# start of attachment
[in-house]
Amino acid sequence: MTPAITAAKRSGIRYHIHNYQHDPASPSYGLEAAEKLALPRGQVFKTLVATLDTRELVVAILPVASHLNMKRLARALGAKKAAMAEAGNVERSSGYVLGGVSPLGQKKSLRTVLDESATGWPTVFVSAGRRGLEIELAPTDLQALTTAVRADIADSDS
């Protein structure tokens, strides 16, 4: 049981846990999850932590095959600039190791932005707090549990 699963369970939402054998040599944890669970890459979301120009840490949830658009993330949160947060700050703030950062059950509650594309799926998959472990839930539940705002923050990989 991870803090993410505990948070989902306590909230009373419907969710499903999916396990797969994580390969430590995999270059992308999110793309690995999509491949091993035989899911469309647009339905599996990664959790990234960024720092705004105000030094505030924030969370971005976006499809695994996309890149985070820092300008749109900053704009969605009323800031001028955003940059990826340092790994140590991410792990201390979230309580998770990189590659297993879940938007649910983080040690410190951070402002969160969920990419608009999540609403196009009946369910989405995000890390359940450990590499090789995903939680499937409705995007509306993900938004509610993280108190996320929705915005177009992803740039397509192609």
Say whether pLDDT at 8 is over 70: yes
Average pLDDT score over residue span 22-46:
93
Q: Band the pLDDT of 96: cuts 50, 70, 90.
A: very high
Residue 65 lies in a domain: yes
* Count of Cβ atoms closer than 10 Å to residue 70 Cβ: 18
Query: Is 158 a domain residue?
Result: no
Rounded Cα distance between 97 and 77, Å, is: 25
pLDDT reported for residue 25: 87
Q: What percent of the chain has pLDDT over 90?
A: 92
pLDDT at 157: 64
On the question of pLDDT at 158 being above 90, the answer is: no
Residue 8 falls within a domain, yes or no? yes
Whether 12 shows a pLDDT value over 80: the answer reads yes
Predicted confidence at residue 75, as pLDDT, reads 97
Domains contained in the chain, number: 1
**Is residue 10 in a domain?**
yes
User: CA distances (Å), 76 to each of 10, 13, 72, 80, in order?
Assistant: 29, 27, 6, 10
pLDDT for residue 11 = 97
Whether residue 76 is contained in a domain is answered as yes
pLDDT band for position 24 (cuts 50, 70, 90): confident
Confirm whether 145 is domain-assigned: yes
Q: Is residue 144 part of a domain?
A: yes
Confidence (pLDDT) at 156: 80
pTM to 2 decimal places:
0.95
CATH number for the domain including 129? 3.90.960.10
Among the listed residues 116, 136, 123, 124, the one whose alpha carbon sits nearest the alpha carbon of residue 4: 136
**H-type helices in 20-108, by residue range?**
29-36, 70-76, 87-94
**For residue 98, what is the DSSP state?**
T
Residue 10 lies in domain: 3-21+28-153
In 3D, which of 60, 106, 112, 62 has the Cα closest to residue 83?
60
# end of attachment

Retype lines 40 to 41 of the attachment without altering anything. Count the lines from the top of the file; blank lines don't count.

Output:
**For residue 98, what is the DSSP state?**
T